The political atmosphere is becoming intense inside Iran as the Islamic Republic is preparing for the twelfth presidential election. Six candidates passed through the Guardian Council’s vetting process. In the list of candidates are President Rouhani, and his Vice President Mr. Eshagh Jahangiri, Ebrahim Raisi, who is the custodian of Astan Ghods Razavi, the biggest religious endowment in Iran, the Mayor of Tehran Mohammad Bagher Ghalibaf, Mr. Mostafa Mirsalim, a conservative candidate whose highest political post was to serve as the minister of culture and Islamic guidance, and Mr. Mostafa Hashemitaba who is a reformist centrist candidate and served as the minister of industries in the past. From the list of the six candidates, so far, Mr. Hashemitaba and Mr Ghalibaf have withdrawn their candidacy. While Hashemitaba invited his supporters to vote for President Rouhani, Ghalibaf supporters are expected to support Mr. Raisi. Mr. Jahangiri is also expected, but not confirmed, to withdraw his nomination in support of President Rouhani before the polls open on the 19th of May. Since Mirsalim has not attracted much attention during his campaign his votes are likely to be an insignificant percentage of the total. Therefore the only competitor of President Rouhani will be the conservative candidate, Mr. Raisi, who is known to enjoy strong support of the Supreme Leader.
The presidential election debates that are broadcasted live by the Iranian state television have stimulated political debate in Iran. Over the past months, public spaces across the country, universities, published and online media have been dominated by the upcoming election. Although, this year the presidential election strangely is organised on the same day as the elections for the City Councils, the presidential campaigns are at the center of attention. Over the past weeks the debate over whether or not people should participate in the election has been one of the key points of discussion amongst the Iranians inside the country and abroad. Since the election crisis of 2009 that led to indefinite house arrest of the two leaders of the Green Movement, killing of hundreds and arresting of thousands of people, many Iranians have vowed not to take part in any elections under the Islamic Republic. There is a large percentage of the citizens however; who strongly believe that the only way for reform is making change through the elections. Overall attendance is expected to be high in this election.
At the heart of the political debate of this election lies the issue of economic performance. All the candidates have in one way or another used the economy to attract voters and to attack their opponents. This was particularly evident during the televised election debates. Both Mr. Ghalibaf and Mr. Raisi confronted President Rouhani’s economic performance during their campaigns. They have frequently argued that President Rouhani gave false hopes to the nation during his 2013 presidential election campaign and attacked the government for having failed to fulfill the economic outcomes of the nuclear deal and the lift of sanctions. Unemployment was the main polar of the presidential debates. Iran’s nearly 80 million populations are young, well educated and urbanised. 60% of the Iranians are under 40 years of age, 70% live in urban areas and nearly 20% of the working population has tertiary education. Iran’s official unemployment rate stands about 12%, which is higher for youth and women by 25.2% and 19.7% respectively. The labour force is expected to grow around 2.5% each year and Iran will require 3 million new jobs each year to absorb this growth.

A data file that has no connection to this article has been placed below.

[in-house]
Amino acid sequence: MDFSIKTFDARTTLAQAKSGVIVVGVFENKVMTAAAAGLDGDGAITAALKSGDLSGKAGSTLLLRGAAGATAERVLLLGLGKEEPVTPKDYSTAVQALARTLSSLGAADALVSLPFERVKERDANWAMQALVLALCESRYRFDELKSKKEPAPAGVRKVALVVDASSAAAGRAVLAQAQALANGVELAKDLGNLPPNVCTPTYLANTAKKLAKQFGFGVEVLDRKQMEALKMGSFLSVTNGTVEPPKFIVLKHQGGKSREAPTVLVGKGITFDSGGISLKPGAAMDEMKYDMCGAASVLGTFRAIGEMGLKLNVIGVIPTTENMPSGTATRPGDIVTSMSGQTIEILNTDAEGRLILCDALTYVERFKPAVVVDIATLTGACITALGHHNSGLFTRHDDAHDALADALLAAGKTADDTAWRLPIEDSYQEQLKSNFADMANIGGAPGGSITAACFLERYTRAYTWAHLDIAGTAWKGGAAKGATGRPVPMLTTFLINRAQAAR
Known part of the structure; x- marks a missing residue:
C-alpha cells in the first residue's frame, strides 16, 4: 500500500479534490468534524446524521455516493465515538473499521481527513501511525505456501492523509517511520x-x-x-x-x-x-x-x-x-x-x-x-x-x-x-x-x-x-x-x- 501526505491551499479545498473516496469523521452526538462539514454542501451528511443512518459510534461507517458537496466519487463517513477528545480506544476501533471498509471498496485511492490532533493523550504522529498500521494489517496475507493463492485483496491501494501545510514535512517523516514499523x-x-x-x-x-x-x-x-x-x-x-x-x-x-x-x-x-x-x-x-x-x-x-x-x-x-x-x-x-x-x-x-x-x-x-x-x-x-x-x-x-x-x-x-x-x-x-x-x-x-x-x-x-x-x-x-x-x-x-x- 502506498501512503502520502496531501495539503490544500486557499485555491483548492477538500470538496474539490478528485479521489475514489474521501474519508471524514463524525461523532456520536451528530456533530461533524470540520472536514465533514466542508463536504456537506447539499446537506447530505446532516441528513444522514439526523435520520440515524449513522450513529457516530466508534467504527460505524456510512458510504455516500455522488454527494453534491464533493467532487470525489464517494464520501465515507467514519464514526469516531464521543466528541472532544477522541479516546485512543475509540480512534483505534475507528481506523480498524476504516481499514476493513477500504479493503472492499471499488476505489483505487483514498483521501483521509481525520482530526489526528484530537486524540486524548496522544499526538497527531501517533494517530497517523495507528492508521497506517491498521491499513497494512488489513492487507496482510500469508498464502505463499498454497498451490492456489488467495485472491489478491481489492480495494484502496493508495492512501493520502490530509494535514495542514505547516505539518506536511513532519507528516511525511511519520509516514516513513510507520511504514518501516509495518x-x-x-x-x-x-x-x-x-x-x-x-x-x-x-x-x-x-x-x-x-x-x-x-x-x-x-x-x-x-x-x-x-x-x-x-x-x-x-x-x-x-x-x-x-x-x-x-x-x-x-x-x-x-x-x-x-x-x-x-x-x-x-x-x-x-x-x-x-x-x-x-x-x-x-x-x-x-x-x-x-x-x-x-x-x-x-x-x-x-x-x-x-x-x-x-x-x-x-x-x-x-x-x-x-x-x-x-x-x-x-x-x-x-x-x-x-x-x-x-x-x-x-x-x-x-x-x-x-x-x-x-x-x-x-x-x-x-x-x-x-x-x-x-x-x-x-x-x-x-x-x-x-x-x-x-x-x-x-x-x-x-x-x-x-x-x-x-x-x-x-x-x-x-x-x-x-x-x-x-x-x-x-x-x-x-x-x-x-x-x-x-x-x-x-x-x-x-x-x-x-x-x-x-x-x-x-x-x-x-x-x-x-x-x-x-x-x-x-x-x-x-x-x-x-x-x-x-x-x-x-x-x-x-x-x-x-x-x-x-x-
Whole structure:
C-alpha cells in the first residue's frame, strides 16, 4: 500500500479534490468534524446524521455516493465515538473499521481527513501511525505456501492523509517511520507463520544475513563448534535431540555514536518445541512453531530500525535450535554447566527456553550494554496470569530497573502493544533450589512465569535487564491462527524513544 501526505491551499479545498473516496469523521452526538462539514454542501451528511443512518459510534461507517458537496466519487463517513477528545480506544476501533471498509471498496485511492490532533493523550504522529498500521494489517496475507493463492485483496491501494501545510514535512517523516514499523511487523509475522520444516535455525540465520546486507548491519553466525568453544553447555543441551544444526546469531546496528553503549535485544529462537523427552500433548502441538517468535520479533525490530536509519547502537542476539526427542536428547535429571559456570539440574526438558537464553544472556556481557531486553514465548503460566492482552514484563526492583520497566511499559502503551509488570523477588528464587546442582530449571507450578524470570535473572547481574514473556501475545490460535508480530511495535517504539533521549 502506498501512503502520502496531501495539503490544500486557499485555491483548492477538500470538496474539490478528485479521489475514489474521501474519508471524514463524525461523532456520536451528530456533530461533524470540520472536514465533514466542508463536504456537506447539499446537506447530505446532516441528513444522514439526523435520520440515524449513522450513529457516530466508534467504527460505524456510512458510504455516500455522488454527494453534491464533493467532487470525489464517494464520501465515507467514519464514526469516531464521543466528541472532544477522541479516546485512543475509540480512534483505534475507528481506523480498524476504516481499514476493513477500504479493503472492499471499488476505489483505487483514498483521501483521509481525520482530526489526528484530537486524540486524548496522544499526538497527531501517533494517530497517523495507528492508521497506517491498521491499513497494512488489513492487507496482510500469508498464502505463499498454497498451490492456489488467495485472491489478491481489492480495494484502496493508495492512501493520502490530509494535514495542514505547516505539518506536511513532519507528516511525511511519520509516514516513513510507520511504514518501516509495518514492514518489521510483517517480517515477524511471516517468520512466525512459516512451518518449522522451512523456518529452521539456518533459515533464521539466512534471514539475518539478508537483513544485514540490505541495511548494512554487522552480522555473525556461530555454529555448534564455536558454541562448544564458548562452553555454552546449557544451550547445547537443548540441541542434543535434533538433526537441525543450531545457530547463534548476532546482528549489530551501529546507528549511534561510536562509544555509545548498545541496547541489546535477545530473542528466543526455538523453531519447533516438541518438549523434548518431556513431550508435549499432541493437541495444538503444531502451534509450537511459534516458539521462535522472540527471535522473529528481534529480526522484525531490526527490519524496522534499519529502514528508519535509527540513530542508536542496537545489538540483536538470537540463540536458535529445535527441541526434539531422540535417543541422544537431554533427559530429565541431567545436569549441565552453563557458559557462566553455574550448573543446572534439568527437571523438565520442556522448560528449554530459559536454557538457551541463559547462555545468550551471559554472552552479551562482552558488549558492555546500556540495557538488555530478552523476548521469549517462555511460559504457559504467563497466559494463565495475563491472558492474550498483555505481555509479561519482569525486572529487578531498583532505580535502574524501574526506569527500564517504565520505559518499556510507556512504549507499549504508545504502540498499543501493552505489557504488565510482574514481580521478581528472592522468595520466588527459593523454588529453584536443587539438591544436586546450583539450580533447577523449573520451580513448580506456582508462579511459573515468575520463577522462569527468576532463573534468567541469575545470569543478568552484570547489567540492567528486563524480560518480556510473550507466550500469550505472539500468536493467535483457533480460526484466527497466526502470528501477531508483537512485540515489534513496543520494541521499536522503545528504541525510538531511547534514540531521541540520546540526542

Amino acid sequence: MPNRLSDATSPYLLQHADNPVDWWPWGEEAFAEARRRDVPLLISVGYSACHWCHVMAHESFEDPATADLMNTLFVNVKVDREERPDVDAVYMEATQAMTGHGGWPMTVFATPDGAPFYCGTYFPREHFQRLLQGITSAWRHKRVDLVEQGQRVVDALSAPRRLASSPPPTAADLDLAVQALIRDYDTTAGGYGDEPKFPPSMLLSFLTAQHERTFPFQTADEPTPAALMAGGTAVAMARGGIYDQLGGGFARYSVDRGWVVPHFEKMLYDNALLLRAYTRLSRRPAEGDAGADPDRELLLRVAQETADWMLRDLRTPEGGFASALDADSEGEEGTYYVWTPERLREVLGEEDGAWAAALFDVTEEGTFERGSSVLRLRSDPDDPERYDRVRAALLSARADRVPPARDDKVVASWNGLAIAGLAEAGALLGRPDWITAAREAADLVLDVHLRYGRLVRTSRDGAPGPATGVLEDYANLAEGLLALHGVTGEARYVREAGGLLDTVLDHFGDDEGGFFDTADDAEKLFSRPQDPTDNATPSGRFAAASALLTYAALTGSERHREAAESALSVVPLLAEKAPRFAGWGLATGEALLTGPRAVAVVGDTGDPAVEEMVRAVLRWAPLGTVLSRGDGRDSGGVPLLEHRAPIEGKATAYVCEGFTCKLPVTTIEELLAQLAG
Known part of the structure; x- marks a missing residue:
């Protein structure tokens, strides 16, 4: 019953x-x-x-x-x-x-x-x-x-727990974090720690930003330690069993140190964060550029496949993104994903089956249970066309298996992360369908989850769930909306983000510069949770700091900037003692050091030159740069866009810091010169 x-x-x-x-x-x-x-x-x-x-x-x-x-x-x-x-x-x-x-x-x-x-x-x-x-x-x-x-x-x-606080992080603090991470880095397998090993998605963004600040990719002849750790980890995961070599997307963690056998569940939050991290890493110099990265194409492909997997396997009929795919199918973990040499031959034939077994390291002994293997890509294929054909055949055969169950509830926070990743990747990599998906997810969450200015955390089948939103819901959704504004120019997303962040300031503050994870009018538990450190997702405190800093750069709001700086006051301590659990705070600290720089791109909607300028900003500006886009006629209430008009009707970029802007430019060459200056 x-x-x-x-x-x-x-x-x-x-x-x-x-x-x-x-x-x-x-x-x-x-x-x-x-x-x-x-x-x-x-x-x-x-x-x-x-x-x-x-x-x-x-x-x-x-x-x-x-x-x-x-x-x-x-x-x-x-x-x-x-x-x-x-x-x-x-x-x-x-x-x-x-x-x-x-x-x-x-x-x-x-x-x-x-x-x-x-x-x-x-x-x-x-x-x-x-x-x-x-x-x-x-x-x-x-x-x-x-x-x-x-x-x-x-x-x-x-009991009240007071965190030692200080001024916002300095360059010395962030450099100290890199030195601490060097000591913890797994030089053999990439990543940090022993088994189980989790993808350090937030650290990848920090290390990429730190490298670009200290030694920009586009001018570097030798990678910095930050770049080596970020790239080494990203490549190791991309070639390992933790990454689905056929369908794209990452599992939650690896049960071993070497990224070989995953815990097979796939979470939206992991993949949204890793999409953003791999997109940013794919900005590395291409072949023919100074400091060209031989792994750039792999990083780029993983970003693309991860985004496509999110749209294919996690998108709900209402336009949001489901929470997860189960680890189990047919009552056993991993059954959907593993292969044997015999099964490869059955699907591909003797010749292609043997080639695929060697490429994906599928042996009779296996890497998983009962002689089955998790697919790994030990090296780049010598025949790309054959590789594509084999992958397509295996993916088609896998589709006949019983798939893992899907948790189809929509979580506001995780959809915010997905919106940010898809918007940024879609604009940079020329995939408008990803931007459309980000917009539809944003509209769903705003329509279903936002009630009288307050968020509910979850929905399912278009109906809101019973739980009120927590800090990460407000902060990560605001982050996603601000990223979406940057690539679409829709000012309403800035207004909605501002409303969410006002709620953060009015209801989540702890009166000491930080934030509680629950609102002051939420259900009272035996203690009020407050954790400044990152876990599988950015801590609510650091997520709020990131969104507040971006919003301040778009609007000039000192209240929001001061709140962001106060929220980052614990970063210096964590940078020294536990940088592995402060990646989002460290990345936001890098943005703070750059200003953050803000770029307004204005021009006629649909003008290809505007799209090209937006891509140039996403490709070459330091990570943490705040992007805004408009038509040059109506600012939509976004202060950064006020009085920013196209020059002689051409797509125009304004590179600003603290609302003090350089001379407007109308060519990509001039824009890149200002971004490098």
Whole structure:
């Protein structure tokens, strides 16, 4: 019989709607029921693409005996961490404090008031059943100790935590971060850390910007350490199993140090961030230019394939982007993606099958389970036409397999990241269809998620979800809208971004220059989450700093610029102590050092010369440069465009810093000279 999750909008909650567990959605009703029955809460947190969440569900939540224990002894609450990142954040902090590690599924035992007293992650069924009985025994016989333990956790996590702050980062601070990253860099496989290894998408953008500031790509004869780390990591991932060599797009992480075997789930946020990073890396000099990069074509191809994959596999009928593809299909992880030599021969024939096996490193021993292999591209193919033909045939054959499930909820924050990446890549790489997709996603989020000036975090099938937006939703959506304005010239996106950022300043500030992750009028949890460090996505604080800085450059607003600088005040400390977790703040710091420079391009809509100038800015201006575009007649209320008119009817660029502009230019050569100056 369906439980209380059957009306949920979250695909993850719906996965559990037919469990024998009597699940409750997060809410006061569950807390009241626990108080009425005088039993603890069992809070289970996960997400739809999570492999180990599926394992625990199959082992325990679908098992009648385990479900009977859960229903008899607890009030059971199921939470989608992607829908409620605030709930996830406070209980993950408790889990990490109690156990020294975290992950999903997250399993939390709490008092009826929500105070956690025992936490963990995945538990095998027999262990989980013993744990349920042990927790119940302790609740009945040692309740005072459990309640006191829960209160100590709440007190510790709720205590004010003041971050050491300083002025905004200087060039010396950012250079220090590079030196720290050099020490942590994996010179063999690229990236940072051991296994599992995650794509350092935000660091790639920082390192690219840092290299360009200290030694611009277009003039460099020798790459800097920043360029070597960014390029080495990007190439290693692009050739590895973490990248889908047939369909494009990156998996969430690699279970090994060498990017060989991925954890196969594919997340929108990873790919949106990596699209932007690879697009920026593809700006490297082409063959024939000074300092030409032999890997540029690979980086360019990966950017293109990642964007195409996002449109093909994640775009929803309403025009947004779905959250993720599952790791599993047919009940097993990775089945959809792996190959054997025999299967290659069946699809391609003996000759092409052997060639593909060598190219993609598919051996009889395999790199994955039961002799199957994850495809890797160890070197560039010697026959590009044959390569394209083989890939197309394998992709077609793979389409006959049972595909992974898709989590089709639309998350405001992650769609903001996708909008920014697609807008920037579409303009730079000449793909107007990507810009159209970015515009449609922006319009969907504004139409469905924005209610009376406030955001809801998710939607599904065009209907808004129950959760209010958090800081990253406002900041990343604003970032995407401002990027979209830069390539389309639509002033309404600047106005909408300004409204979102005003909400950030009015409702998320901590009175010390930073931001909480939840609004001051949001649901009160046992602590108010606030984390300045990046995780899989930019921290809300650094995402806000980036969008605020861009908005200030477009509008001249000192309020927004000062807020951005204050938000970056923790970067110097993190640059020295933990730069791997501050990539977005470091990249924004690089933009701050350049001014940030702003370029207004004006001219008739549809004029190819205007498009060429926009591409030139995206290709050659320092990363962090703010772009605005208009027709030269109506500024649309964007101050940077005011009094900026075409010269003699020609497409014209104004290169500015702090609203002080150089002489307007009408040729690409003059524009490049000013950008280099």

Other economic challenges such as the issue of illegal trade and smuggled goods (a significant share of Iran’s trade with a total value of about 25$bn), financial corruption of the candidates and their close associates, poverty reduction and social security policy, energy export strategy and the banking crisis have also been discussed during the campaign. Rouhani, Jahangiri and Hashemitaba have been successful in presenting well-informed and fact-based arguments to prove the government’s achievements over the past four years, but the populist lines of the three conservative candidates have undoubtedly attracted certain constituencies.
Overall, it is clear that the main challenge faced by Rouhani in this presidential election is the economic difficulties. An online survey by IranPoll.com in April that conducted a telephone poll for a small sample of 1,005 people reflects this reality. 37% of the people that participated in IranPoll survey said they just get by financially, while 54% said they either hardly get by or it is very difficult for them to get by. The survey also shows 51% of the participants believe their living situation remained unchanged during Rouhani’s presidency. More than 50% said the economic situation of the country is getting worse. 55% of the people said President Rouhani has been somewhat unsuccessful or very unsuccessful and 70% of the people said the economic situations for ordinary people has not improved as a result of the nuclear deal.
IranPoll survey’s sample size is extremely small to represent the Iranian population. However, talking with people across the board in Iran and monitoring social media will draw more or less the same conclusions. Although during this campaign Rouhani focused on highlighting the small yet visible economic differences that the government managed to achieve (e.g. availability of medical and pharmaceutical necessities after the sanction lift), the results may ultimately not be in his favour.
Sara Bazoobandi, Regent's University London and Chatham House
* This Commentary was written on May 16th